According to the obtained result (Table 3), different WTD did not influence soybean plant height, pod weight or total biomass. However, obtained seed weight per plant at T90 was significantly higher than that of Tcontrol. The highest mean plant height was observed as 50.1 cm for Tcontrol, while the lowest mean plant height was measured as 48.8 cm for T90. Thus, negative correlation between the mean plant height and WTD was obtained. The highest and lowest seed weights were found at T90 and Tcontrol with 7.00 and 3.91 g/plant, respectively. Seed weights at T50, T70, and T90 were 6%, 6%, and 12% higher than that of T30, T50, and T70, respectively. Water stress in the seeding stage of irrigated lysimeters (Tcontrol) was likely the reason for low grain yields. [22] stated that seed filling, along with seed enlargement stage, are known to be the most susceptible periods of soybean growth and that moisture stress in R5 stage resulted in around 30% seed yield reduction. Similar results were found for pod weight since the correlation coefficient between grain yield and pod weight was 0.98. Results indicated a linear correlation between total biomass and seed weight. The highest and lowest total biomass was observed at T50 as 14.8 g and Tcontrol as 9.8 g. The lowest soybean total biomass at the Tcontrol was likely caused by the water stress in the late growing season. A linear trend was particularly observed between WTD treatments.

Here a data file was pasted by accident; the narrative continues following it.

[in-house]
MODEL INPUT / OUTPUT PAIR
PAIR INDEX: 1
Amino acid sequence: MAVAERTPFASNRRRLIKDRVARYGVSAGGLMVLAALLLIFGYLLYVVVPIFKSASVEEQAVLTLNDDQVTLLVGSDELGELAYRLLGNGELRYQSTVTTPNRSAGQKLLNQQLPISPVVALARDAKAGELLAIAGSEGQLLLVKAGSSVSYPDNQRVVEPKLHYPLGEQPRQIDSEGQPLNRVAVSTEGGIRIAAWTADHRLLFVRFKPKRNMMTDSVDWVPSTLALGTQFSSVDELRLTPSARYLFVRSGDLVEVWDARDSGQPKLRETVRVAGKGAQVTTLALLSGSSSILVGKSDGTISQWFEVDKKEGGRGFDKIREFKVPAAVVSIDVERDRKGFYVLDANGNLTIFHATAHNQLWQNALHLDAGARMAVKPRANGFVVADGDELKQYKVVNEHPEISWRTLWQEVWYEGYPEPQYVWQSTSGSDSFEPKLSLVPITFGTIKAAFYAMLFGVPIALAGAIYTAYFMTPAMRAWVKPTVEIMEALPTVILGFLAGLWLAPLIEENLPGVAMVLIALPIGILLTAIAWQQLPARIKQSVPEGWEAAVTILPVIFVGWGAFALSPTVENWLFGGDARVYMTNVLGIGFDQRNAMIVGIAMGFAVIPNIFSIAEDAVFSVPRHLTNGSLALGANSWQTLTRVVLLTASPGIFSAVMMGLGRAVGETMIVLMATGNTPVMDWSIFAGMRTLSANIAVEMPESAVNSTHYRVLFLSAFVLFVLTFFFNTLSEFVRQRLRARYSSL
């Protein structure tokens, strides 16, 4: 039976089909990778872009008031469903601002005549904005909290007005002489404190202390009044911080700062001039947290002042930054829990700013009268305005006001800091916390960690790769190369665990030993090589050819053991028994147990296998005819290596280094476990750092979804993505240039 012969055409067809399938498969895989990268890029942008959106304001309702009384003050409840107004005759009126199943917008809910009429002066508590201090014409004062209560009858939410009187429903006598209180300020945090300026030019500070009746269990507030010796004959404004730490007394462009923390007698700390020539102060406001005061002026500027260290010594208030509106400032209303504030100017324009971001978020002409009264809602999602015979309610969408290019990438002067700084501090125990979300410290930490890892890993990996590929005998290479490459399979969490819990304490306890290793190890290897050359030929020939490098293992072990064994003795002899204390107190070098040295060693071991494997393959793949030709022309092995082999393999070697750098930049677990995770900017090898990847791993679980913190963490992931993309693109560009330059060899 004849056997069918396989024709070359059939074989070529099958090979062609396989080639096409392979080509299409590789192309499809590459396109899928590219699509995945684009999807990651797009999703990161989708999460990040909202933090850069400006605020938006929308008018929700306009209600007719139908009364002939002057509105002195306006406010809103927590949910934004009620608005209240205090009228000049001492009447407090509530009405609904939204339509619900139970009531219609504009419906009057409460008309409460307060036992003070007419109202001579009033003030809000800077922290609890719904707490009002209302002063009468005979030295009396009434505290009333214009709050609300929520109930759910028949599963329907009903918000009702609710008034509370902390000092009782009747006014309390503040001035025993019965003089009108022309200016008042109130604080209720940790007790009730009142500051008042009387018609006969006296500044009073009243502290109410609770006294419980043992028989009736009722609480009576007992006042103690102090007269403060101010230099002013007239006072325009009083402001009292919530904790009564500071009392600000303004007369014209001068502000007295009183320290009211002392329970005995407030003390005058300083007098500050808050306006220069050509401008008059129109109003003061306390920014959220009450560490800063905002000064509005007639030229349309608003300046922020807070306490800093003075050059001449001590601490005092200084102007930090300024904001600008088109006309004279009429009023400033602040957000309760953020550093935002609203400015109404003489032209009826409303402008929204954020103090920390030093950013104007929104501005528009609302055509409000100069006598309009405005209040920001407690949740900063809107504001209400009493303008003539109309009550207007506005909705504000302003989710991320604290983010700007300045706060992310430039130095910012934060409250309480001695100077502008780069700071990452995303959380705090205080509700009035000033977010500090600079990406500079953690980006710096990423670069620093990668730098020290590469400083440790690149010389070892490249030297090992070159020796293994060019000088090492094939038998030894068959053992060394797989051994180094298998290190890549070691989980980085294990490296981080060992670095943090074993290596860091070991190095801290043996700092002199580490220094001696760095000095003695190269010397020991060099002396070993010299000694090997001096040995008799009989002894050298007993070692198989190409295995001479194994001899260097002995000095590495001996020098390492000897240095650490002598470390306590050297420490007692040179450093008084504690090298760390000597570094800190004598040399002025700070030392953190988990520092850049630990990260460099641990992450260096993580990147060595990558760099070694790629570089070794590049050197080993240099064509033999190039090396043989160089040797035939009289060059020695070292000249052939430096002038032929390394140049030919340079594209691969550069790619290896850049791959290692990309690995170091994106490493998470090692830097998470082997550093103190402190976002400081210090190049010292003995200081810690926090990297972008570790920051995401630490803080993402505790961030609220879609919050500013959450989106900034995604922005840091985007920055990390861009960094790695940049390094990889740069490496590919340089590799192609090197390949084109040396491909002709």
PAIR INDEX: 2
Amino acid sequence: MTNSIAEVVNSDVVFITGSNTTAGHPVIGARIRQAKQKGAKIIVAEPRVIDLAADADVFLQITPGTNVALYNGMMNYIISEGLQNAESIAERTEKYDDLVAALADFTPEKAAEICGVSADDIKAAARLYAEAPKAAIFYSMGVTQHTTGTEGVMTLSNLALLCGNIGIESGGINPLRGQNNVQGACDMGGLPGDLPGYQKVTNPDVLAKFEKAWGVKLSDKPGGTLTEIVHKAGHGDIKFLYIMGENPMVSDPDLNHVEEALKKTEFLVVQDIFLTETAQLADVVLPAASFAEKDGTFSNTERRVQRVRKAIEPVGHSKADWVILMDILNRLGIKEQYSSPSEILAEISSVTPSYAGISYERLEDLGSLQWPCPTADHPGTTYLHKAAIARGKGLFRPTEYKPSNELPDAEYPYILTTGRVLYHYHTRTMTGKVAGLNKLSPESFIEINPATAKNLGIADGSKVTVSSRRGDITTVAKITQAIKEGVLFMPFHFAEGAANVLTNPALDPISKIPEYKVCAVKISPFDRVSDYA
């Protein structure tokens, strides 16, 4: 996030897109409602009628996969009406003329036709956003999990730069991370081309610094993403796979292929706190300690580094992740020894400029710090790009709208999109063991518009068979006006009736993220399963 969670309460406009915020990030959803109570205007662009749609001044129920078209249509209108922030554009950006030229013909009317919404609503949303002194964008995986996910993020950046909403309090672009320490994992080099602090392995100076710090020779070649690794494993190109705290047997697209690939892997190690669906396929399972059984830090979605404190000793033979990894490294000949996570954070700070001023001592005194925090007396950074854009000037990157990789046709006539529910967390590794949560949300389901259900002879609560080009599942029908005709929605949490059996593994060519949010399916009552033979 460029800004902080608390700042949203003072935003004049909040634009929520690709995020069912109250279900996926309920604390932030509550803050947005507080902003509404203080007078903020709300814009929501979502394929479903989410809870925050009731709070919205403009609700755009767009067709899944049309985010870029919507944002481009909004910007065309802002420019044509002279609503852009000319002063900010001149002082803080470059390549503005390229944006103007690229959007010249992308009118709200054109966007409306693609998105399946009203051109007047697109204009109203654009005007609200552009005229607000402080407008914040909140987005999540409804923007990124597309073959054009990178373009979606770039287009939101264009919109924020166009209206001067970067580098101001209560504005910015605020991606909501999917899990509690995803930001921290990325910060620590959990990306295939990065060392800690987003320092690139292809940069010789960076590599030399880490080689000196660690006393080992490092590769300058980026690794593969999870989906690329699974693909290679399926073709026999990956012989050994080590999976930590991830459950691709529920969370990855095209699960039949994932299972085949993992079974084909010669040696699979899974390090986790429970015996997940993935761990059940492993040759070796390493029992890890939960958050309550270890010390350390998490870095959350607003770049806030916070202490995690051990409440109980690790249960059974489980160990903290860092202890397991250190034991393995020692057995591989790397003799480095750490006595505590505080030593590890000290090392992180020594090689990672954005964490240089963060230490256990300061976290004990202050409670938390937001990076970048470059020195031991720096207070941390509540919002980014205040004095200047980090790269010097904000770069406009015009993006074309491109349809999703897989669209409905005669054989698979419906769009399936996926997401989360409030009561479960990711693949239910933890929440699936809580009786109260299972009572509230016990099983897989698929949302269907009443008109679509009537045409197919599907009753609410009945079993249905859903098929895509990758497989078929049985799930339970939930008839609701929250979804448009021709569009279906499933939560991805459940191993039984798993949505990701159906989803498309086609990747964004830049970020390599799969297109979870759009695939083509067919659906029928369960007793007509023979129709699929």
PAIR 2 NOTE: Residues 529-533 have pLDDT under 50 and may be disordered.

3.3. Water Use Efficiency (WUE)

WUE was calculated based on total biomass (harvested total dry matter) and total grain yield (harvested seed weight) by dividing them to the measured ETc. Figure 4 shows the measured ETc for different treatments and replications among with the obtained grain yield, grain yield WUE and biomass WUE for each lysimeter.
According to Table 4, similar trend was observed for the average total biomass WUE and average grain yield WUE in response to different WTD. The total biomass WUE of soybean gradually increased with increasing WTD. The average total biomass WUE for T90 was found to be the highest with 0.062 g/lys./mm compared to the other treatments. In agreement with the obtained results, Mueller et al. [26] found an increasing WUE with deeper WTD. In addition, the intervals of 60–80, 80–130, and 70–110 cm WTD have been reported to have the highest biomass WUE for winter wheat and maize, alfalfa, and red clover, respectively [26].